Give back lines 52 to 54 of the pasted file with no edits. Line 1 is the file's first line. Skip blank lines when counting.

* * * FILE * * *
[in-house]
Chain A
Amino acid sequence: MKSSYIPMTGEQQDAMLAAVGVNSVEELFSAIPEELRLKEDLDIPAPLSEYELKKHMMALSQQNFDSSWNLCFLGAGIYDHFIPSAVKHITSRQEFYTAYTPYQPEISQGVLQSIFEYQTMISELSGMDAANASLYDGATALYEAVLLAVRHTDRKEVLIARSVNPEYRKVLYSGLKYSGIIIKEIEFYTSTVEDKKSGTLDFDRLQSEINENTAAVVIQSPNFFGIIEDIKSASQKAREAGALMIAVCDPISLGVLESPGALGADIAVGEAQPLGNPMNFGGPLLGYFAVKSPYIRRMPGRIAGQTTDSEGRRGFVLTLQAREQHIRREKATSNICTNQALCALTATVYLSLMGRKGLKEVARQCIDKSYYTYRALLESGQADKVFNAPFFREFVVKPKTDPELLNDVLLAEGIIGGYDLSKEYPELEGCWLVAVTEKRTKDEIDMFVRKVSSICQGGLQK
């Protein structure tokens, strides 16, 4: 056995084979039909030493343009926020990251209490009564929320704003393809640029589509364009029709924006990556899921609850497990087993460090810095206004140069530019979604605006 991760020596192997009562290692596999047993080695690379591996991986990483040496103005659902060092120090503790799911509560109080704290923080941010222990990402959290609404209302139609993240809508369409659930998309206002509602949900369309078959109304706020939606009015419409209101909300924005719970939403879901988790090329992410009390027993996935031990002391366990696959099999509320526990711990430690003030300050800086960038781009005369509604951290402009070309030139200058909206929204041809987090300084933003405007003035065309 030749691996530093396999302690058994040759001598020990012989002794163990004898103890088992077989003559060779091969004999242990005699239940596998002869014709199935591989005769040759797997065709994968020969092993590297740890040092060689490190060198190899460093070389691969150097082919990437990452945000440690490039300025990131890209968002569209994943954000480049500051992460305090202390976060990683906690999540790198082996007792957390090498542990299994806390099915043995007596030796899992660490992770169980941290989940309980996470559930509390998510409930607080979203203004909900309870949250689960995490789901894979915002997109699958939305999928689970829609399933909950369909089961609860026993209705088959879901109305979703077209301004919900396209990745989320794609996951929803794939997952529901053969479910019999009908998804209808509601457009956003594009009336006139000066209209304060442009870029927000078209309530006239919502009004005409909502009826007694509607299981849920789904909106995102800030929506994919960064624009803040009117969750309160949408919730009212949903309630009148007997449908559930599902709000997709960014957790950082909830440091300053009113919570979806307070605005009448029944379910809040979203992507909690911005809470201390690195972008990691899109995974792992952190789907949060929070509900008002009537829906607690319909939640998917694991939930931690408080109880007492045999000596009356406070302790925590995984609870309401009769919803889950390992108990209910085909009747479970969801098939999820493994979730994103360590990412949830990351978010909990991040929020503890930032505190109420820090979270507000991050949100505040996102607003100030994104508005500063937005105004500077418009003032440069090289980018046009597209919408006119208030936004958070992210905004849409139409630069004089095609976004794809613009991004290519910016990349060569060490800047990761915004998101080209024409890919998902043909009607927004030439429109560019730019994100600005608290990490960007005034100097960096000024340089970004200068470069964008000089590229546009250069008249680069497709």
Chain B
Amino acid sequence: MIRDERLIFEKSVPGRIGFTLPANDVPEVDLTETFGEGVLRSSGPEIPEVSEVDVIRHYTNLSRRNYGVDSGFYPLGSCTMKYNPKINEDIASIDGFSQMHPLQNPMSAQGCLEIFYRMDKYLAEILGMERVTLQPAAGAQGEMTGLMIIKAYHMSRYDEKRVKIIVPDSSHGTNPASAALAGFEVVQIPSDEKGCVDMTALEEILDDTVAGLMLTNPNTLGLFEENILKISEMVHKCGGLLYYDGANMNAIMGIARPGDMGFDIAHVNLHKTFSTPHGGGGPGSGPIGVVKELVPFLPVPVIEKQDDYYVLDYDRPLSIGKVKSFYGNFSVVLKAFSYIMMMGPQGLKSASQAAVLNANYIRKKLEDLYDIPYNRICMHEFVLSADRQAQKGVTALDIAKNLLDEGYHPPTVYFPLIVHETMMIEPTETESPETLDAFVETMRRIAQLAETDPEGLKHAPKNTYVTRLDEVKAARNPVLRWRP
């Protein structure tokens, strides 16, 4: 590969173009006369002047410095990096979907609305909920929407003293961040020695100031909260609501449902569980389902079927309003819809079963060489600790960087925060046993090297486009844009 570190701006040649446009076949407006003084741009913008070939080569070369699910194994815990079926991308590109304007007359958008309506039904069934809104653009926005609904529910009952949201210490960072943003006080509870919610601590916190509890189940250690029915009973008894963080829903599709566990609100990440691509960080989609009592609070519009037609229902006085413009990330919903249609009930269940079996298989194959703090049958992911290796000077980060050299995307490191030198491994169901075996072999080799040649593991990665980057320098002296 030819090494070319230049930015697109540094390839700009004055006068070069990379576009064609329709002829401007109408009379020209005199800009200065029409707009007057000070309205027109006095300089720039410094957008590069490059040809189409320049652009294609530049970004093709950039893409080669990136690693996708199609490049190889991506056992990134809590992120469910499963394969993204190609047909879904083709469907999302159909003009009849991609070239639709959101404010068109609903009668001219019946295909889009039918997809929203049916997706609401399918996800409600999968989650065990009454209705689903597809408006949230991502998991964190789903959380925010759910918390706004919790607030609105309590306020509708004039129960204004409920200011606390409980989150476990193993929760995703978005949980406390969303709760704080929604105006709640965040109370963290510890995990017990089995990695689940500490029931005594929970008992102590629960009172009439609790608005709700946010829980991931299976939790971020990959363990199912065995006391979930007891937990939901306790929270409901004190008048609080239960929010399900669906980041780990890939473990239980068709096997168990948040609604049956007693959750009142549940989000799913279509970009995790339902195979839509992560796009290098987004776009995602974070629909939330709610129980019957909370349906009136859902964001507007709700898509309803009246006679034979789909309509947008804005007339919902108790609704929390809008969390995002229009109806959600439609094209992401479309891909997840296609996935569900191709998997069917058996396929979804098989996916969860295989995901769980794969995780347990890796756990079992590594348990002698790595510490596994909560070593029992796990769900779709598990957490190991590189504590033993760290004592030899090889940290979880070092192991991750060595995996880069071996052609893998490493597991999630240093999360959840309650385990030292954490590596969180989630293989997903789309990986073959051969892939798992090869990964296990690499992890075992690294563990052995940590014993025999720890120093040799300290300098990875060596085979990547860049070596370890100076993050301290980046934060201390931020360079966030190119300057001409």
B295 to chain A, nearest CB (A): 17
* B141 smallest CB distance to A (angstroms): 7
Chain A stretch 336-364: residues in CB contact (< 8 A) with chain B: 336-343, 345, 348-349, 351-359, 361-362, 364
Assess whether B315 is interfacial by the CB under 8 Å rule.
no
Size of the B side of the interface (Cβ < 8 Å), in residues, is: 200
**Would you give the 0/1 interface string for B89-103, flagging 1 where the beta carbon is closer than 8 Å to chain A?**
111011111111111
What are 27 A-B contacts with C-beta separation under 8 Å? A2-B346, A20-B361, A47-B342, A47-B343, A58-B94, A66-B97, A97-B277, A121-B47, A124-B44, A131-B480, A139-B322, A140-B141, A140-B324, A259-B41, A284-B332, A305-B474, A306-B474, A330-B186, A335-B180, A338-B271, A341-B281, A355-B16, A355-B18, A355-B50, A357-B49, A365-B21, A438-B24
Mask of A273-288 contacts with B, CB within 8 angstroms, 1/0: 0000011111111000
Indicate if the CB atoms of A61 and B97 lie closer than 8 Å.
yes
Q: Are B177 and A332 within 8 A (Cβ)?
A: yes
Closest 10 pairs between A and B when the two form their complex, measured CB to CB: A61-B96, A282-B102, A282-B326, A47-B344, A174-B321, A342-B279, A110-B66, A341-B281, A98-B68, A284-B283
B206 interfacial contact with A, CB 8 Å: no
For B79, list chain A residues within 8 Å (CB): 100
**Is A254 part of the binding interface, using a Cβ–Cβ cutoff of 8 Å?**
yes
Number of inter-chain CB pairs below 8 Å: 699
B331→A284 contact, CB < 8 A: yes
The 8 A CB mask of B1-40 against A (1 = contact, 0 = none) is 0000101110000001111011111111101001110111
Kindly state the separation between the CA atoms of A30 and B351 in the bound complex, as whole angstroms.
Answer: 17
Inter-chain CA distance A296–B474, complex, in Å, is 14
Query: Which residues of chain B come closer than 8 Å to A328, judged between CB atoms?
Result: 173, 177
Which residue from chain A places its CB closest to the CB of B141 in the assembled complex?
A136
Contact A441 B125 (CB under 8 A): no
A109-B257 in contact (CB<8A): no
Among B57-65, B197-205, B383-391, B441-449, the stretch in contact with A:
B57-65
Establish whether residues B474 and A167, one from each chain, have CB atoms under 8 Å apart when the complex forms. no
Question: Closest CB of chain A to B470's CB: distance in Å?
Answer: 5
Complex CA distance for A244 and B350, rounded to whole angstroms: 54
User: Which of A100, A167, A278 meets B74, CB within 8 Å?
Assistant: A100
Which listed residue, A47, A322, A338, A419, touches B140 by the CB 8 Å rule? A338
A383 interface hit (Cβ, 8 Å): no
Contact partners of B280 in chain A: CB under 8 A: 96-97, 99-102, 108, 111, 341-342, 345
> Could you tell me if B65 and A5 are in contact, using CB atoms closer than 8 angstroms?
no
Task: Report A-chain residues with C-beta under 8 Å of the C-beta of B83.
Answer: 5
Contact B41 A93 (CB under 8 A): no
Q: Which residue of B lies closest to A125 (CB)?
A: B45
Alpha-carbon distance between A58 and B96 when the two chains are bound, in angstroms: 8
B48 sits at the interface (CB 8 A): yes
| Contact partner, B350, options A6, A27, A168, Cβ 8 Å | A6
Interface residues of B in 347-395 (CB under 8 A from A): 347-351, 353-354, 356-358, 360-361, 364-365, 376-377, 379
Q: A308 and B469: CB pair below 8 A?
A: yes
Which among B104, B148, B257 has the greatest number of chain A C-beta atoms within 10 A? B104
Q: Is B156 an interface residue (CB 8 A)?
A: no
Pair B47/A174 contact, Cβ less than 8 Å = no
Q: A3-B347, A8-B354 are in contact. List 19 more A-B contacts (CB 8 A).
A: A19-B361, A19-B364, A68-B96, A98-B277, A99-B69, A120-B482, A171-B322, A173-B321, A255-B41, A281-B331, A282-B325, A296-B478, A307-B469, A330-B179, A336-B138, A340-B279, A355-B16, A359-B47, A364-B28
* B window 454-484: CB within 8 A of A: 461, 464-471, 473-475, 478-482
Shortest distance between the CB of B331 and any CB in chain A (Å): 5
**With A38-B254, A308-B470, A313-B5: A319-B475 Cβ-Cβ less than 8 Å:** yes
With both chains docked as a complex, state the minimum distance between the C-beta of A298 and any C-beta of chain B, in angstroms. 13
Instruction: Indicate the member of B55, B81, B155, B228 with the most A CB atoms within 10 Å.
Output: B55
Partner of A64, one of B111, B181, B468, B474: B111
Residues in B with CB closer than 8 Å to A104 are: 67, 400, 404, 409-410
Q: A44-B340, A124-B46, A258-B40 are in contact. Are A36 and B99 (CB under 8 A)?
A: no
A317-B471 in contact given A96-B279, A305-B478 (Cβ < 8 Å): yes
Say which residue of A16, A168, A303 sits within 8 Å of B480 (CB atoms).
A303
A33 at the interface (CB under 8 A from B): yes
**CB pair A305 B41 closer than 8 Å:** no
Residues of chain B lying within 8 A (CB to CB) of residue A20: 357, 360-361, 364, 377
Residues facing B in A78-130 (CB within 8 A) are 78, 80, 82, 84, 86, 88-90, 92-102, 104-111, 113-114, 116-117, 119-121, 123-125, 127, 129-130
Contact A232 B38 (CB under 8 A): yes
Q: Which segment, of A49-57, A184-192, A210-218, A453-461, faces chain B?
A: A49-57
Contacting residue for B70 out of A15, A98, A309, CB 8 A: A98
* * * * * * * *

Task: Report A-chain residues with C-beta under 8 Å of the C-beta of B83.
Answer: 5
Contact B41 A93 (CB under 8 A): no